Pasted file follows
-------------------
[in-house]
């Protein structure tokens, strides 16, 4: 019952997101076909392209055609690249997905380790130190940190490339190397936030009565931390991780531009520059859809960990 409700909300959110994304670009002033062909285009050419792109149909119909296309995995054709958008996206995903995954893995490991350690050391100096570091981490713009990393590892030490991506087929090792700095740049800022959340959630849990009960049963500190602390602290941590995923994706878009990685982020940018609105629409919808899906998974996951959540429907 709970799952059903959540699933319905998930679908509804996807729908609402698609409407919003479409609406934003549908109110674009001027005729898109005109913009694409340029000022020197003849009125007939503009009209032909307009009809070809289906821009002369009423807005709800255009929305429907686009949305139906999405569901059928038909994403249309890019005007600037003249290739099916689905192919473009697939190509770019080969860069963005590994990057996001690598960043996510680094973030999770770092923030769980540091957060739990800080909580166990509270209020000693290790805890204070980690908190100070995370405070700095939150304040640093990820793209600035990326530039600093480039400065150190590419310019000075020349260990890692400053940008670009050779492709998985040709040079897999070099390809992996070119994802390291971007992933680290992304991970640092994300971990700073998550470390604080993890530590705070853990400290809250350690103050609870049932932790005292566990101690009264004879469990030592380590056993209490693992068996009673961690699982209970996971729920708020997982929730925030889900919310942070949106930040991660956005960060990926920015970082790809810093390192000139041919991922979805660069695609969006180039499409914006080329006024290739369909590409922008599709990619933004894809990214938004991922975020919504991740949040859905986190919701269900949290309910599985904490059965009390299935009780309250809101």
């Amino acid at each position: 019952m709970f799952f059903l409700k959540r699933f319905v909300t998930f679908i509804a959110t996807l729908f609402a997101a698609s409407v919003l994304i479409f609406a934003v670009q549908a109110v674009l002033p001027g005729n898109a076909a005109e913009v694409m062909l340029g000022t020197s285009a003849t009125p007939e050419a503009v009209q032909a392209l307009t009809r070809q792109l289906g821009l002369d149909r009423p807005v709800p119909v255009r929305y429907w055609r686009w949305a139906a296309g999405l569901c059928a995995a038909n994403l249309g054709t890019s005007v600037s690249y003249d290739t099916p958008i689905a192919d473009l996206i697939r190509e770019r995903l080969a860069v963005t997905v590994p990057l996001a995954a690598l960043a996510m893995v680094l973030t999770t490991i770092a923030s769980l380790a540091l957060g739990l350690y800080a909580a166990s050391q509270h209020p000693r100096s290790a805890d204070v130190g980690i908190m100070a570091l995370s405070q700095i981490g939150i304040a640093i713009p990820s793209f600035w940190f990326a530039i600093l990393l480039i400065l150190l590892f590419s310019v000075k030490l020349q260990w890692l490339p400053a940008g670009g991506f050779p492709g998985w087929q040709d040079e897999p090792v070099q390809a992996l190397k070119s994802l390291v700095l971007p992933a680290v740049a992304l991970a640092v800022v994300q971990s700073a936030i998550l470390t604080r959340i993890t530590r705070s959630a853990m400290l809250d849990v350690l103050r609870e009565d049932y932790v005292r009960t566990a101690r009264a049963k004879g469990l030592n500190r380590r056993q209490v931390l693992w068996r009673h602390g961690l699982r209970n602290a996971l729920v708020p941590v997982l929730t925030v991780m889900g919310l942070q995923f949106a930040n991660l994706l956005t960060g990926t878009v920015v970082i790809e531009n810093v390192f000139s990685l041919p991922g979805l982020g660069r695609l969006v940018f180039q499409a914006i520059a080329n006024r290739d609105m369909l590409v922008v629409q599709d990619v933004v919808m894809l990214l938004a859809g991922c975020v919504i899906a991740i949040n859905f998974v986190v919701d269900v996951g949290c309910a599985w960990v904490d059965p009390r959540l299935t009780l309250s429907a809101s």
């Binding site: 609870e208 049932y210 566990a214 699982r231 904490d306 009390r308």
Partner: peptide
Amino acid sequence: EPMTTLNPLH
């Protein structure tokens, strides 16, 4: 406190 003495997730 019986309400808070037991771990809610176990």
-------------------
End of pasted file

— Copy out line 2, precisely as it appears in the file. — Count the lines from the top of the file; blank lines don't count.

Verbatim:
């Protein structure tokens, strides 16, 4: 019952997101076909392209055609690249997905380790130190940190490339190397936030009565931390991780531009520059859809960990 409700909300959110994304670009002033062909285009050419792109149909119909296309995995054709958008996206995903995954893995490991350690050391100096570091981490713009990393590892030490991506087929090792700095740049800022959340959630849990009960049963500190602390602290941590995923994706878009990685982020940018609105629409919808899906998974996951959540429907 709970799952059903959540699933319905998930679908509804996807729908609402698609409407919003479409609406934003549908109110674009001027005729898109005109913009694409340029000022020197003849009125007939503009009209032909307009009809070809289906821009002369009423807005709800255009929305429907686009949305139906999405569901059928038909994403249309890019005007600037003249290739099916689905192919473009697939190509770019080969860069963005590994990057996001690598960043996510680094973030999770770092923030769980540091957060739990800080909580166990509270209020000693290790805890204070980690908190100070995370405070700095939150304040640093990820793209600035990326530039600093480039400065150190590419310019000075020349260990890692400053940008670009050779492709998985040709040079897999070099390809992996070119994802390291971007992933680290992304991970640092994300971990700073998550470390604080993890530590705070853990400290809250350690103050609870049932932790005292566990101690009264004879469990030592380590056993209490693992068996009673961690699982209970996971729920708020997982929730925030889900919310942070949106930040991660956005960060990926920015970082790809810093390192000139041919991922979805660069695609969006180039499409914006080329006024290739369909590409922008599709990619933004894809990214938004991922975020919504991740949040859905986190919701269900949290309910599985904490059965009390299935009780309250809101």